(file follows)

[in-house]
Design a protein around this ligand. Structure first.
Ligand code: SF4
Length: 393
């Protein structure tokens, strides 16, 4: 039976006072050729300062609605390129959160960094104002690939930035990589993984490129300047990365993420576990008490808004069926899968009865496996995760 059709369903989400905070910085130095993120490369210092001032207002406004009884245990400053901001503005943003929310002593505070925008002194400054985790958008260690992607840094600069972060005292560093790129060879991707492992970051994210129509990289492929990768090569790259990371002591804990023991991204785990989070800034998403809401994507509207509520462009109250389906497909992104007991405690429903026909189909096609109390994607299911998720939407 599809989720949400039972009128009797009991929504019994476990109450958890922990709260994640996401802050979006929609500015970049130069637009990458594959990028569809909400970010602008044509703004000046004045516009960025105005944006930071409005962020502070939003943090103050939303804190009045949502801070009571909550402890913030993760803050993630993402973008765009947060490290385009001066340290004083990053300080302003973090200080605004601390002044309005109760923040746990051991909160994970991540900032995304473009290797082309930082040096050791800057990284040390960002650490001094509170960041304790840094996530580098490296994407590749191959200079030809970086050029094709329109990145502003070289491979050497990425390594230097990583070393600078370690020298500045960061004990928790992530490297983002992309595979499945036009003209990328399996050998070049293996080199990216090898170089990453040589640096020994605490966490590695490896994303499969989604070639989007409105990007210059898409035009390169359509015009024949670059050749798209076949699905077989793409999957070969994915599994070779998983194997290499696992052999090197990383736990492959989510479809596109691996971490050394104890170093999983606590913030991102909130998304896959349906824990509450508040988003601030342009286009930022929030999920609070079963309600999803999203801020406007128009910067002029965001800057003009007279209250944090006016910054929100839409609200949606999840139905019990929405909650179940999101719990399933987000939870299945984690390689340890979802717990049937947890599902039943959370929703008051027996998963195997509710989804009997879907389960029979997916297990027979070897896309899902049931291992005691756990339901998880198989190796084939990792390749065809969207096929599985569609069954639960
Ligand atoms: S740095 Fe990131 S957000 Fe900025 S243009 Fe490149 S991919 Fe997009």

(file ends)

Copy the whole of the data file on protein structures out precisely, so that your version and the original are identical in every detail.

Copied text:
[in-house]
Design a protein around this ligand. Structure first.
Ligand code: SF4
Length: 393
């Protein structure tokens, strides 16, 4: 039976006072050729300062609605390129959160960094104002690939930035990589993984490129300047990365993420576990008490808004069926899968009865496996995760 059709369903989400905070910085130095993120490369210092001032207002406004009884245990400053901001503005943003929310002593505070925008002194400054985790958008260690992607840094600069972060005292560093790129060879991707492992970051994210129509990289492929990768090569790259990371002591804990023991991204785990989070800034998403809401994507509207509520462009109250389906497909992104007991405690429903026909189909096609109390994607299911998720939407 599809989720949400039972009128009797009991929504019994476990109450958890922990709260994640996401802050979006929609500015970049130069637009990458594959990028569809909400970010602008044509703004000046004045516009960025105005944006930071409005962020502070939003943090103050939303804190009045949502801070009571909550402890913030993760803050993630993402973008765009947060490290385009001066340290004083990053300080302003973090200080605004601390002044309005109760923040746990051991909160994970991540900032995304473009290797082309930082040096050791800057990284040390960002650490001094509170960041304790840094996530580098490296994407590749191959200079030809970086050029094709329109990145502003070289491979050497990425390594230097990583070393600078370690020298500045960061004990928790992530490297983002992309595979499945036009003209990328399996050998070049293996080199990216090898170089990453040589640096020994605490966490590695490896994303499969989604070639989007409105990007210059898409035009390169359509015009024949670059050749798209076949699905077989793409999957070969994915599994070779998983194997290499696992052999090197990383736990492959989510479809596109691996971490050394104890170093999983606590913030991102909130998304896959349906824990509450508040988003601030342009286009930022929030999920609070079963309600999803999203801020406007128009910067002029965001800057003009007279209250944090006016910054929100839409609200949606999840139905019990929405909650179940999101719990399933987000939870299945984690390689340890979802717990049937947890599902039943959370929703008051027996998963195997509710989804009997879907389960029979997916297990027979070897896309899902049931291992005691756990339901998880198989190796084939990792390749065809969207096929599985569609069954639960
Ligand atoms: S740095 Fe990131 S957000 Fe900025 S243009 Fe490149 S991919 Fe997009």